Sometimes life is just absurdly good to me.
Last year, in a remarkable display of willpower, I refused to count a Blackpoll Warbler that I wasn’t sure was a Blackpoll Warbler, and was rewarded with a clear and definite Blackpoll Warbler the very next time I went out. Some cynical folks might say that that’s because there’s a week or two every year in New York where it would require mad talent not to see a Blackpoll Warbler. But I disclaim this — I say it’s because I’m a fortunate child of Mother Nature, and she rewards my good behavior. How else do you explain the Marsh Wren who – after the hide-and-seek Marsh Wren fiasco at Jamaica Bay – popped up out of the reeds at the Meadowlands this weekend and just sang his little heart out? Well, yes, he wasn’t actually singing for me. He was singing for his rival on the other side of the trail who was singing back at him. Nevertheless.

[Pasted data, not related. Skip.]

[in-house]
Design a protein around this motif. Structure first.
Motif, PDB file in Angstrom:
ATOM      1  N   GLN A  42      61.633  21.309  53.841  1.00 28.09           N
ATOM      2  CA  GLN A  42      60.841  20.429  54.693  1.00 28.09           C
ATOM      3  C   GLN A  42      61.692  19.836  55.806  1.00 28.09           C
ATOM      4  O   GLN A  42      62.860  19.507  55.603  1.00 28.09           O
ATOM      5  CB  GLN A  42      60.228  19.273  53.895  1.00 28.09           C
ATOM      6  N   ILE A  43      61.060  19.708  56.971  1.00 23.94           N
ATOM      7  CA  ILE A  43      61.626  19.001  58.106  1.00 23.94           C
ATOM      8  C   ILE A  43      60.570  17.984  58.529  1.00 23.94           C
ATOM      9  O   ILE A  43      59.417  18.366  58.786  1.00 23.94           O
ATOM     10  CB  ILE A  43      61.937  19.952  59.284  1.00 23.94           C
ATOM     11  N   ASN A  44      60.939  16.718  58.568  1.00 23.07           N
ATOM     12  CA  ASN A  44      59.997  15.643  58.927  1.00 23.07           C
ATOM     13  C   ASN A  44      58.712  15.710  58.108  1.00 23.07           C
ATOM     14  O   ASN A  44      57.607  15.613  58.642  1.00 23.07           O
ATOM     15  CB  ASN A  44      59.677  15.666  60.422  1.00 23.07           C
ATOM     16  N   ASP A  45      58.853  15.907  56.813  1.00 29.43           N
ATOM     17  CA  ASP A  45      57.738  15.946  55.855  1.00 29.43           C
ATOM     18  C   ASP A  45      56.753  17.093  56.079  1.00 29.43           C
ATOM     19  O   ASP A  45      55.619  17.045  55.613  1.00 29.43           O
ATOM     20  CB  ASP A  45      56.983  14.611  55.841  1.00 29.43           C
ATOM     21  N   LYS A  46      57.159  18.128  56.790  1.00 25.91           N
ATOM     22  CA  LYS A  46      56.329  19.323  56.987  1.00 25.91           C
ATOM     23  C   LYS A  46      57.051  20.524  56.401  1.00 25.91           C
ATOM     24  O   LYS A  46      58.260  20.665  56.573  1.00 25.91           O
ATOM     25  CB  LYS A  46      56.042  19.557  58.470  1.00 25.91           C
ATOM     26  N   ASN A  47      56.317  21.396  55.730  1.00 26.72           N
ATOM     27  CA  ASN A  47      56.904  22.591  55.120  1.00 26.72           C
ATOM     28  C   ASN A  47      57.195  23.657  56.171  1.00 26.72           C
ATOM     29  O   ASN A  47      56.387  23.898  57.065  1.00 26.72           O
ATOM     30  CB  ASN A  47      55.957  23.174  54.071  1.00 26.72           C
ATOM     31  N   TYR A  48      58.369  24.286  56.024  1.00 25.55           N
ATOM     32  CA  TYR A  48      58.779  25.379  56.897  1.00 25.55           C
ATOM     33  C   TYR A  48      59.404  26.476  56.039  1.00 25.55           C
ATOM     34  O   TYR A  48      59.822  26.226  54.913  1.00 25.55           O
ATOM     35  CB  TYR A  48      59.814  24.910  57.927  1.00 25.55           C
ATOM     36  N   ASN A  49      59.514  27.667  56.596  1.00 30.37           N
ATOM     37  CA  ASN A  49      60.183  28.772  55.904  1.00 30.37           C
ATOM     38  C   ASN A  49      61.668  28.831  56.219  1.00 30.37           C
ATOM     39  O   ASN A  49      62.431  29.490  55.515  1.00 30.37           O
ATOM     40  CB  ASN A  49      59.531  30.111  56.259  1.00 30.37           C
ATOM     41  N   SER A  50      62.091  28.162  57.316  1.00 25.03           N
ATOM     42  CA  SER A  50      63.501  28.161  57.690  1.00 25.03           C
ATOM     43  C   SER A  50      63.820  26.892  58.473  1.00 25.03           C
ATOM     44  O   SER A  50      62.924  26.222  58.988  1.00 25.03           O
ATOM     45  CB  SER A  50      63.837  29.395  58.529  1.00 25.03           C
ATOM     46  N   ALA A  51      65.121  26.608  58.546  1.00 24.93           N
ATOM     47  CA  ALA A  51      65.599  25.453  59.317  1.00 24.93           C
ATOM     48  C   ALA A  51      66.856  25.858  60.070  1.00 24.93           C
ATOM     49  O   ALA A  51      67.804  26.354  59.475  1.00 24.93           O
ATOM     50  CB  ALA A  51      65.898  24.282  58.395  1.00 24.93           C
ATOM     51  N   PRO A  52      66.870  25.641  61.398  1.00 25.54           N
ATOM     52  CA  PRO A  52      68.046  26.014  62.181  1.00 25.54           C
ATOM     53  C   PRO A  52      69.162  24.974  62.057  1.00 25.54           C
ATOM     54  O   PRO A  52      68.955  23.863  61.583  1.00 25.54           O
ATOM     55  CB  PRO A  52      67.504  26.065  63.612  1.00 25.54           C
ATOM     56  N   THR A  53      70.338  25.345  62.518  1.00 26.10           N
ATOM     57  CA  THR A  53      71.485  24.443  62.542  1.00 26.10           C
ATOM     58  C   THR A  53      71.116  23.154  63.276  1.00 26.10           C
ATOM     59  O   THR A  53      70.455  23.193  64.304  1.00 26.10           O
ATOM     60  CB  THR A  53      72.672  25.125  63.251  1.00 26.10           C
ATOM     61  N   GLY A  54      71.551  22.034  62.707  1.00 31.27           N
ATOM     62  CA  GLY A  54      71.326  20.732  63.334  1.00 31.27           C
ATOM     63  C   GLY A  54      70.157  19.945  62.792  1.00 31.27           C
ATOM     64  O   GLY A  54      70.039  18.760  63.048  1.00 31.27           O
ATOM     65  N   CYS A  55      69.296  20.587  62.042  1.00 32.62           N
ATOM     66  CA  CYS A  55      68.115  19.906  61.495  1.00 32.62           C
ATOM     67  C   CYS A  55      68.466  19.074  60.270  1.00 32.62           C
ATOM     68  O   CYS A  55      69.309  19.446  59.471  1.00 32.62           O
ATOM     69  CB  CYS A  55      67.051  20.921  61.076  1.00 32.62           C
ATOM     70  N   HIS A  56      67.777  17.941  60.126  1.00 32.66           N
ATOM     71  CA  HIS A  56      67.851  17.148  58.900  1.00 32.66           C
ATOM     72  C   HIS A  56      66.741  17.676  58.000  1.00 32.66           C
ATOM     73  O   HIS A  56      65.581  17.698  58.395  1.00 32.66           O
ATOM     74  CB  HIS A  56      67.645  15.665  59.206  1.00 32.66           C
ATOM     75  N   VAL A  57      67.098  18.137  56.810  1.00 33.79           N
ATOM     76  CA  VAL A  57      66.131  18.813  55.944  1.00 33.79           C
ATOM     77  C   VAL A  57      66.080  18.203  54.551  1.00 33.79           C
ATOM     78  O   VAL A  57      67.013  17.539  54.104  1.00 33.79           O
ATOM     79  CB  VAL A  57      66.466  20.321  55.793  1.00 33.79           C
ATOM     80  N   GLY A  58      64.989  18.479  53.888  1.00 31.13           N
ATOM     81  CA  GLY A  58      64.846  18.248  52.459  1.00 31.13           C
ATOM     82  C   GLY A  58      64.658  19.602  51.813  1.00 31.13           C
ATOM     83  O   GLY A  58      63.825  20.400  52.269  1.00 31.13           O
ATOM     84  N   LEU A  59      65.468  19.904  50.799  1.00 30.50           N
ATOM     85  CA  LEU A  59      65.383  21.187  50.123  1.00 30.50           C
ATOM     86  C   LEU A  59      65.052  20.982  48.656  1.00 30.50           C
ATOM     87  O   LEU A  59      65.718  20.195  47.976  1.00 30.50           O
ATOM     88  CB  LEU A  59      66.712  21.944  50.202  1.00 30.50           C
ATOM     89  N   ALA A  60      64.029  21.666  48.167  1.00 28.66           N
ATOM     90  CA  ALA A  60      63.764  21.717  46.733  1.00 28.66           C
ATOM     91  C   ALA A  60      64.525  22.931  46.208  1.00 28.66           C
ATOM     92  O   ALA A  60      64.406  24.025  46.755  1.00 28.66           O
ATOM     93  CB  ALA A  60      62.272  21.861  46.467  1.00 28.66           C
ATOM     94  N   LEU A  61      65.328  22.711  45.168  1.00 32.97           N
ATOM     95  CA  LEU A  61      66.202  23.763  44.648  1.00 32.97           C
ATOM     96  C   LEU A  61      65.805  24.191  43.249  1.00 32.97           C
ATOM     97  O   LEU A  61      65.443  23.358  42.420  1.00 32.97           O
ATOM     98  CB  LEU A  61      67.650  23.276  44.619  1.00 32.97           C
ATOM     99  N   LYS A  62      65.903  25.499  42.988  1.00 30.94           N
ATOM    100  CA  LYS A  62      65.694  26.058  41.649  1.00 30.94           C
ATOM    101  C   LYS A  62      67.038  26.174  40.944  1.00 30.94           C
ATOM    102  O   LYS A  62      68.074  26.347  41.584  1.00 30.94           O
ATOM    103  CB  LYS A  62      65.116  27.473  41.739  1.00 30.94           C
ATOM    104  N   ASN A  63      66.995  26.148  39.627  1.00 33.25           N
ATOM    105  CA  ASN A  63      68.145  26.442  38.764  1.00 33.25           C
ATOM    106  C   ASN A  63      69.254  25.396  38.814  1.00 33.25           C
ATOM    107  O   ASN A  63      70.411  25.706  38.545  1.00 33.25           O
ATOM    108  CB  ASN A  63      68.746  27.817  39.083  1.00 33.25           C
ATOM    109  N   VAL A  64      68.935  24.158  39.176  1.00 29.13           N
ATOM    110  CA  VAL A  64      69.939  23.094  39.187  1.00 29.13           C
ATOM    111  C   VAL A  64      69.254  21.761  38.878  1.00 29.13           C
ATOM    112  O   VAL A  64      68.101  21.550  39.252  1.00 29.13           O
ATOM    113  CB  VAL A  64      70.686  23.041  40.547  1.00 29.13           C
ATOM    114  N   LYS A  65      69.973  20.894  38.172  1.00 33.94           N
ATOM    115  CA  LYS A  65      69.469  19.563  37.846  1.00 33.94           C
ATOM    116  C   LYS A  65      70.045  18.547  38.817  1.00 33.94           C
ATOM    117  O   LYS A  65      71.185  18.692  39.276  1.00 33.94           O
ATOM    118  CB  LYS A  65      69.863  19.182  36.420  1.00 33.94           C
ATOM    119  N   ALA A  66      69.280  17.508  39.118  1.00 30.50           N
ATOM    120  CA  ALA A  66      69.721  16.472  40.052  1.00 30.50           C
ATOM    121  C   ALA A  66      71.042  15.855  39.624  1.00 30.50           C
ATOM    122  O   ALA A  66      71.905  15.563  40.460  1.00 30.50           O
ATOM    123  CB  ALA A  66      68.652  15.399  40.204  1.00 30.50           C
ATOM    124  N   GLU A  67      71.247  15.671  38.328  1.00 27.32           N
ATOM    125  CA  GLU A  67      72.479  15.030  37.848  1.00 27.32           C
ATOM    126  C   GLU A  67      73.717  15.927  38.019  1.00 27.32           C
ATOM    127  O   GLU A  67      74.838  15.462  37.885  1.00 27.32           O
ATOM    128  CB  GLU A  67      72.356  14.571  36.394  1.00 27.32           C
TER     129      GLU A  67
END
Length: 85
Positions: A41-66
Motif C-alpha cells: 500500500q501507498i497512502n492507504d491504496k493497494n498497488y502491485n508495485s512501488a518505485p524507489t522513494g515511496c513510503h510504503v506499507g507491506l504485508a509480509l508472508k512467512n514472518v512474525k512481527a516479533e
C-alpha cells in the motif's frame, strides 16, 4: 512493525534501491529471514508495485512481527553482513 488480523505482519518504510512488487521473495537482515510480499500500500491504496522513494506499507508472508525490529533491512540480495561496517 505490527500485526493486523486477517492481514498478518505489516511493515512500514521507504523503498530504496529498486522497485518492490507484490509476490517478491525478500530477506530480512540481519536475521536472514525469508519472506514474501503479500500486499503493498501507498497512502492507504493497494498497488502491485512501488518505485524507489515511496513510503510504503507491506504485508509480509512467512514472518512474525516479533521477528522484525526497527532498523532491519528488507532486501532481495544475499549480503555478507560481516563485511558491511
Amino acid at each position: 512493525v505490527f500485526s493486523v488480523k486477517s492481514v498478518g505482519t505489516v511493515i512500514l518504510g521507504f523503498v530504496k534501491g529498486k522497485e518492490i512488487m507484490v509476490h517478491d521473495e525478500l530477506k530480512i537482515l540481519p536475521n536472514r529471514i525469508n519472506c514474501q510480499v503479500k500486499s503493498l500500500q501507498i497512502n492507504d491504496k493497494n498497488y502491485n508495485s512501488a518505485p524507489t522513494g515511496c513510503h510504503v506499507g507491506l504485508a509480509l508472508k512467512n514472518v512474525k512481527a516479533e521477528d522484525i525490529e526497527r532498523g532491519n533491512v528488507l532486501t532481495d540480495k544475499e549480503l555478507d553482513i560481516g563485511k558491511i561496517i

It was a good day, the first day I ever birded at the Meadowlands. The Inimitable Todd and I went out to visit our friends Matt and Danielle, and Danielle and I went to the park while Matt and the IT noodled with their music equipment. I think Danielle and I got the better end of the deal, because beside the Marsh Wren and many other typical Meadowlands birds – breeding plumage Ruddy Ducks, Great and Snowy Egrets, Tree and Barn Swallows in great abundance, Least Sandpipers and Killdeers, even a bizarrely late pair of Northern Shovelers – we also saw a lovely corn snake nearly two feet long and a muskrat who seemed supremely unconcerned by our presence until I sneezed while Danielle was trying to take a picture. Go me! The only dead body we saw was that of a large fish, and the who place looked and smelled remarkably good, for New Jersey.
On a completely different note, it’s nice to see that I’m not the only person concerned about radically inappropriate bird names.